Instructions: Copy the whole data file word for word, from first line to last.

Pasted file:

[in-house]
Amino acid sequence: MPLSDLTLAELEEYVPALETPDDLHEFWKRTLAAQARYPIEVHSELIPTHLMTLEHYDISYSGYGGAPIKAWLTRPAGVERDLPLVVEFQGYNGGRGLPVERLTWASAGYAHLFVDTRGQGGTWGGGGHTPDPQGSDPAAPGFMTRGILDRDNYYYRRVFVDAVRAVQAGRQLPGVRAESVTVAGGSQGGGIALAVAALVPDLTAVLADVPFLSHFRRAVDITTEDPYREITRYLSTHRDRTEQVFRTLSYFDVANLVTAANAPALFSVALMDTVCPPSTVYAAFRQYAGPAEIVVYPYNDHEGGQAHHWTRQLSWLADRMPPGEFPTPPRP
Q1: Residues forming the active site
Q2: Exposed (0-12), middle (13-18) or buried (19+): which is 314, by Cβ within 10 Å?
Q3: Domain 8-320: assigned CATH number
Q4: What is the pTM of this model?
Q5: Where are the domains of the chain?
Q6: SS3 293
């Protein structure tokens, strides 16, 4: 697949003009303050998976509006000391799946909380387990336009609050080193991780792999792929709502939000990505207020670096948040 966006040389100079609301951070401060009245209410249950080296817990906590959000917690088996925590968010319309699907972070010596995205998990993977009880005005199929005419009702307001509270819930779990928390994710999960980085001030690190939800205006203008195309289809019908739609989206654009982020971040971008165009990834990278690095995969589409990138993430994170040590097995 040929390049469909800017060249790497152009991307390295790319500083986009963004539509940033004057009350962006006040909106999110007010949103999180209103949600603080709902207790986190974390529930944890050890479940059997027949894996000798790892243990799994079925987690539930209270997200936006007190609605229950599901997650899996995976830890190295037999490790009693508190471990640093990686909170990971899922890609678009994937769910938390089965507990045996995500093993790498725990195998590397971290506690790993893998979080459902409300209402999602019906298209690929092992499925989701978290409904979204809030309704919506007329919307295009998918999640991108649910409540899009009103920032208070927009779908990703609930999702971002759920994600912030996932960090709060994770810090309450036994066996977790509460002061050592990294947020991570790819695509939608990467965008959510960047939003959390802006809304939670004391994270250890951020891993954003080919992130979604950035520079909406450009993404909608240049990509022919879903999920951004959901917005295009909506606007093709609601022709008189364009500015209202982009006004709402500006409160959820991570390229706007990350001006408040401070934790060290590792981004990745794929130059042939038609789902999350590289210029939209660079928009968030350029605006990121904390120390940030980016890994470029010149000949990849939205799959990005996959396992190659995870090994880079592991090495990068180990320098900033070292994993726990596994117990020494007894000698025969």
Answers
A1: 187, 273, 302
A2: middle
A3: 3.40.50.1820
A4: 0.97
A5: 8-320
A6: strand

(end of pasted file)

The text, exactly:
[in-house]
Amino acid sequence: MPLSDLTLAELEEYVPALETPDDLHEFWKRTLAAQARYPIEVHSELIPTHLMTLEHYDISYSGYGGAPIKAWLTRPAGVERDLPLVVEFQGYNGGRGLPVERLTWASAGYAHLFVDTRGQGGTWGGGGHTPDPQGSDPAAPGFMTRGILDRDNYYYRRVFVDAVRAVQAGRQLPGVRAESVTVAGGSQGGGIALAVAALVPDLTAVLADVPFLSHFRRAVDITTEDPYREITRYLSTHRDRTEQVFRTLSYFDVANLVTAANAPALFSVALMDTVCPPSTVYAAFRQYAGPAEIVVYPYNDHEGGQAHHWTRQLSWLADRMPPGEFPTPPRP
Q1: Residues forming the active site
Q2: Exposed (0-12), middle (13-18) or buried (19+): which is 314, by Cβ within 10 Å?
Q3: Domain 8-320: assigned CATH number
Q4: What is the pTM of this model?
Q5: Where are the domains of the chain?
Q6: SS3 293
């Protein structure tokens, strides 16, 4: 697949003009303050998976509006000391799946909380387990336009609050080193991780792999792929709502939000990505207020670096948040 966006040389100079609301951070401060009245209410249950080296817990906590959000917690088996925590968010319309699907972070010596995205998990993977009880005005199929005419009702307001509270819930779990928390994710999960980085001030690190939800205006203008195309289809019908739609989206654009982020971040971008165009990834990278690095995969589409990138993430994170040590097995 040929390049469909800017060249790497152009991307390295790319500083986009963004539509940033004057009350962006006040909106999110007010949103999180209103949600603080709902207790986190974390529930944890050890479940059997027949894996000798790892243990799994079925987690539930209270997200936006007190609605229950599901997650899996995976830890190295037999490790009693508190471990640093990686909170990971899922890609678009994937769910938390089965507990045996995500093993790498725990195998590397971290506690790993893998979080459902409300209402999602019906298209690929092992499925989701978290409904979204809030309704919506007329919307295009998918999640991108649910409540899009009103920032208070927009779908990703609930999702971002759920994600912030996932960090709060994770810090309450036994066996977790509460002061050592990294947020991570790819695509939608990467965008959510960047939003959390802006809304939670004391994270250890951020891993954003080919992130979604950035520079909406450009993404909608240049990509022919879903999920951004959901917005295009909506606007093709609601022709008189364009500015209202982009006004709402500006409160959820991570390229706007990350001006408040401070934790060290590792981004990745794929130059042939038609789902999350590289210029939209660079928009968030350029605006990121904390120390940030980016890994470029010149000949990849939205799959990005996959396992190659995870090994880079592991090495990068180990320098900033070292994993726990596994117990020494007894000698025969």
Answers
A1: 187, 273, 302
A2: middle
A3: 3.40.50.1820
A4: 0.97
A5: 8-320
A6: strand